Monday, August 11, 2014

Something Slightly Different: The British Tag

'The maxim of the British people is "Business as usual"' - Winston Churchill

So although I love sewing and reading sewing blogs I also follow a lot of blogs about other bits and bobs too. I saw this tag on Just Jess's blog and thought it was a great idea! So why not put the tailor's chalk down for a second and have a read!

1. How many cups of tea do you drink a day? How many sugars?
Until quite recently I could easily power my way through up to 9 strong cups of tea with 2 sugars a day. I blame it on being a student. But then a few months ago tragedy struck! Tea started making me feel really sick. I tried cutting out the milk, the sugar, brewing it for less long, but nothing helped. I've started drinking a lot more in the way of fruit and herb teas, my favourites being Twinings Cranberry and Strawberry and Whittard's Mango and Passionfruit. On the other hand I've noticed that my skin and sleeping patterns have been improved so hey ho silver linings and such.

2. Favourite part of a Sunday Roast?
Can I just say ALL OF IT? No? Shame... Probably Yorkshire Puddings. They have to be homemade though.

3. Favourite dunking biscuit?
Has to be a ginger nut. It's crunchy enough that it's not completely soggy after it's been dunked which is nice. Dunking chocolate biscuits should be banned... You don't want chocolate in your tea...

4. What is your favourite quintessentially British pastime?
Hmmm this was a tough one. You can't call sewing especially British... Playing board games would definitely be up there even though I'm terrible at them. There's something quite calming about sitting round while the rain's hitting the windows playing Monopoly or Cluedo... Until things get competitive and people start getting angry.

5. What's your favourite word?
There are some amazing words out there but I think my favourite has to be 'cushty' meaning fine or alright. It just fits into sentences so well and sounds so good!

6. What's your favourite Cockney rhyming slang?
So I have the same problem as Jess where I know little to no Cockney rhyming slang because I grew up in Cumbria. I have grown up with Cumbrian dialect though so some good Cumbrian words include 'larl' meaning little, 'twine' meaning to complain and 'ladgeful' meaning embarrassing. If you want to find out some more have a look here. I will also add that any guy who calls me 'lass' will immediately have my heart. :P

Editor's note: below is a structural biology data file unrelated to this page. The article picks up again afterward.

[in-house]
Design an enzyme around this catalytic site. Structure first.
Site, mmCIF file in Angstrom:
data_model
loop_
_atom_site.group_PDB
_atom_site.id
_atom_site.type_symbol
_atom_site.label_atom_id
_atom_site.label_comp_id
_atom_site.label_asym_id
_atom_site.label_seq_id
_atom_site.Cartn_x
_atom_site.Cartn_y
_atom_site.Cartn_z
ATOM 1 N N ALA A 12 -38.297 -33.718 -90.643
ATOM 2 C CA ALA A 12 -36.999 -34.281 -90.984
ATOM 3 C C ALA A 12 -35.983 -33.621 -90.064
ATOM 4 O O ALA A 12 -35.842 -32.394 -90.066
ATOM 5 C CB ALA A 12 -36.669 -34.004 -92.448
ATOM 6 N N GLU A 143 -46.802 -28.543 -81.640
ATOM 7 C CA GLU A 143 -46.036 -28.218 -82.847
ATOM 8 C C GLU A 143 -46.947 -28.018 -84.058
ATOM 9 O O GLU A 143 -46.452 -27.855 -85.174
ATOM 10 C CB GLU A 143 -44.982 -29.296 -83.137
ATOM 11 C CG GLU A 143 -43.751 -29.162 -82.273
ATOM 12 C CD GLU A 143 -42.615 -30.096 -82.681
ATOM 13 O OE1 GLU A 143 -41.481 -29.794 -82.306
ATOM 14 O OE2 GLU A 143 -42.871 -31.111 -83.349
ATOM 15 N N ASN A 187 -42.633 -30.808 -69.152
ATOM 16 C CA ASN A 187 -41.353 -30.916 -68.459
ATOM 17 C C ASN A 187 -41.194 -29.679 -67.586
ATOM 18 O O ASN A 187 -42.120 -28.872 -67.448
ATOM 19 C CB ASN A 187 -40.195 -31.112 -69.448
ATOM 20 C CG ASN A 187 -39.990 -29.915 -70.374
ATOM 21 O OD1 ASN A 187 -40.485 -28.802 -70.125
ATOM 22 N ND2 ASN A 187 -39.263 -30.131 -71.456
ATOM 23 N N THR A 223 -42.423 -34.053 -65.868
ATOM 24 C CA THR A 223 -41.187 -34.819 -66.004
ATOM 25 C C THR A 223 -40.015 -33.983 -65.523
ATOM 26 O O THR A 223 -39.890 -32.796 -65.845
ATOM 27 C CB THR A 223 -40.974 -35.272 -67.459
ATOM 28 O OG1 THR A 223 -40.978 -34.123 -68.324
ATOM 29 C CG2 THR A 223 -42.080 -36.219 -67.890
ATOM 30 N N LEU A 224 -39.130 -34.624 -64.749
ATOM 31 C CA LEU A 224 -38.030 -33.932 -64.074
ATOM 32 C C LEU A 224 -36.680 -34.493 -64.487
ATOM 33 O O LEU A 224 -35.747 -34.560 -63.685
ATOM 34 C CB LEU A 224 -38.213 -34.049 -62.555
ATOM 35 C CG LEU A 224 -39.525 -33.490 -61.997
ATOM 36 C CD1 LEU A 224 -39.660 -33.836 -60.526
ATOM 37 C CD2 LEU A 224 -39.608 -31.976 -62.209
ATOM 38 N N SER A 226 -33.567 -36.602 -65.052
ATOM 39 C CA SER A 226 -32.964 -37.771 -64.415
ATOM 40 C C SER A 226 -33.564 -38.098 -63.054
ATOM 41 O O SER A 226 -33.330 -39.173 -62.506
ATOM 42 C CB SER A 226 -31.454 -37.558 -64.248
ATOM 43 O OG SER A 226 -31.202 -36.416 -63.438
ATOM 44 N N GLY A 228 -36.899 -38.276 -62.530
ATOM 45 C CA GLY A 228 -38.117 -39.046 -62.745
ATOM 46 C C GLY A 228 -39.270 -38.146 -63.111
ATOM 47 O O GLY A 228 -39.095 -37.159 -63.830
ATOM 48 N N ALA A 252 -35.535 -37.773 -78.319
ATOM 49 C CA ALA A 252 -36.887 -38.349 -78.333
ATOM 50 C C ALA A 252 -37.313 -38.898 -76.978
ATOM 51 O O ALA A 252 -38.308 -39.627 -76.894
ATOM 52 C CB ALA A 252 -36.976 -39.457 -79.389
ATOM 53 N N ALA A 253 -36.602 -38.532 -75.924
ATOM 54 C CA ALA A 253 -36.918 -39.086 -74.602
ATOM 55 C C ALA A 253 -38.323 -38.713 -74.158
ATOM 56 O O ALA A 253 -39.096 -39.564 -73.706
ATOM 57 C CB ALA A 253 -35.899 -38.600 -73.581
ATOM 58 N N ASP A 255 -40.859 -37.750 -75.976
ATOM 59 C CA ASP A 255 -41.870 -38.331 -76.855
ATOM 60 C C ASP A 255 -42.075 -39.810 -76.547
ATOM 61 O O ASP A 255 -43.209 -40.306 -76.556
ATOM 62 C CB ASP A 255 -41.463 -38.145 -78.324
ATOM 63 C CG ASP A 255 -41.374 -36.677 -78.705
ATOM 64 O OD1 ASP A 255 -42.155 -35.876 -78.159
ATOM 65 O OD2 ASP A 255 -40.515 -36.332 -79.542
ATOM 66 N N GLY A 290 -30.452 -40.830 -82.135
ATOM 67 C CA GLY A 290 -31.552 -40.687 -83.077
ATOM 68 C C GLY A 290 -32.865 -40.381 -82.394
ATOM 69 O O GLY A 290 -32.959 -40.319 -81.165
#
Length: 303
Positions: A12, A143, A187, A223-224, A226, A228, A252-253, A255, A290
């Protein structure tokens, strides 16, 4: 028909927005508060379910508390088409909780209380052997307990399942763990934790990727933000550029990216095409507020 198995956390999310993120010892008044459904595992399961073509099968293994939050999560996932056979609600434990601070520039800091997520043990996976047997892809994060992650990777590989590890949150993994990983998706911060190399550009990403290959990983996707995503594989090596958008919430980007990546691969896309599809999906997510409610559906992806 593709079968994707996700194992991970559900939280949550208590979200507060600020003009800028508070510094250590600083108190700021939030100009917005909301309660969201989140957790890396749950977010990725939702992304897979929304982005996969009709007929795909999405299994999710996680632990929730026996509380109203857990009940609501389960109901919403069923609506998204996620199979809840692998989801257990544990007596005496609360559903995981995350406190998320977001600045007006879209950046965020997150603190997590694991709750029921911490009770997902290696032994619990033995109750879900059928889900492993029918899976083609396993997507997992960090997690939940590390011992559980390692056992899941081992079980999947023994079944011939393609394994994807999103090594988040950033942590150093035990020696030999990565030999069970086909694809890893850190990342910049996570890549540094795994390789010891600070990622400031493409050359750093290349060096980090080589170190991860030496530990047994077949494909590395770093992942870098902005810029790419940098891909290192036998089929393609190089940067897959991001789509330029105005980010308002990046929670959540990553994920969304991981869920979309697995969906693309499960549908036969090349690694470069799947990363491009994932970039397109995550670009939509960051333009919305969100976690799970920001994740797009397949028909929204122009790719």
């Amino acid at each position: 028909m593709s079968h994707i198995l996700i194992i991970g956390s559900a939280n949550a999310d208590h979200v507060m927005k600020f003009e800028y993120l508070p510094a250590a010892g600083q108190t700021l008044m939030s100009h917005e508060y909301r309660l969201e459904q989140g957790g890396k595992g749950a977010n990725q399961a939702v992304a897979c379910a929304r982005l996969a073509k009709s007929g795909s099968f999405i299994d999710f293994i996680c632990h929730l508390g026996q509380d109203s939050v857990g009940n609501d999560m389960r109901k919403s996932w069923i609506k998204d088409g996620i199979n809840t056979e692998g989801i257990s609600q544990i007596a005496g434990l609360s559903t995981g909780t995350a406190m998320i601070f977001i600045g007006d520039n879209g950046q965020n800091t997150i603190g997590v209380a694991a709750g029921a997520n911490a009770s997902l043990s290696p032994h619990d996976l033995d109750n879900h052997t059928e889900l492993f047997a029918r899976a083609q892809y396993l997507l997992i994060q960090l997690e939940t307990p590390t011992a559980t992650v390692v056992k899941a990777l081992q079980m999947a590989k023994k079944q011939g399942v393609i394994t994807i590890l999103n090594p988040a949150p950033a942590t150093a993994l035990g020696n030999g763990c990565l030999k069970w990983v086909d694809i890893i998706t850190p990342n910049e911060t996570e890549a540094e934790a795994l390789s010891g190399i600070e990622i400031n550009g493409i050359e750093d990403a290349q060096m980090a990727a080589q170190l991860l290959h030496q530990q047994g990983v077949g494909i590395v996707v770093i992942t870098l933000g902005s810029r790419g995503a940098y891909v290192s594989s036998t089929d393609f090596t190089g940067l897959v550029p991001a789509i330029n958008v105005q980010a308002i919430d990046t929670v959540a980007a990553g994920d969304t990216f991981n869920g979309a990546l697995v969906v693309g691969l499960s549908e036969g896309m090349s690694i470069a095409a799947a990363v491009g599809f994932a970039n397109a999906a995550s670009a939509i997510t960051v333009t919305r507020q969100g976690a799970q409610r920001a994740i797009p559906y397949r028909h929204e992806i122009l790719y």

7. What are your favourite British sweets?
So many answers so little time... I was really lucky to grow up near a proper old fashioned sweet shop where you could pick up anything under the sun. Tom Thumb Drops are a particular favourite as are lemon bon bons. And who can turn down pick 'n' mix?!
8. What would your pub be called?
One of my dad's favourite authors is called R.S Surtees and in some of his books there is a pub called The Cat and Custard Pot, which I think is a fantastic name for a pub and I think I would potentially use!

9. Number One British Person?
It might be such a cliche but I adore Stephen Fry. I grew up with QI, Jeeves and Wooster and Blackadder meaning he's just always been there and I find him a very reliable form of entertainment! He's had a very interesting life and his autobiography is fascinating if somewhat surprising in parts.
10. Favourite Shop/Restaurant?
There is only one answer here for me and it's Rogano in Glasgow. This seafood restaurant is designed around a 1930's cruise liner and its interior is absolutely beautiful! The prices range from fairly low in the Oyster Bar through to eye wateringly high in the famous restaurant but just experiencing the atmosphere over a drink in the bar is enough.
11. What British song pops into your head?
Errm? I can't lie I'm not a massive music buff and I'll listen to almost anything. Sticking with the Scottish theme I do love a bit of Paolo Nutini. And who doesn't love his song New Shoes? So here's some Summer feel good tunes...

12. Marmite: Love it or Hate it?
LOVE IT! End of! Anything can be improved by it. FACT. I even bought some Marmite chocolate today so I'll tell you how that goes.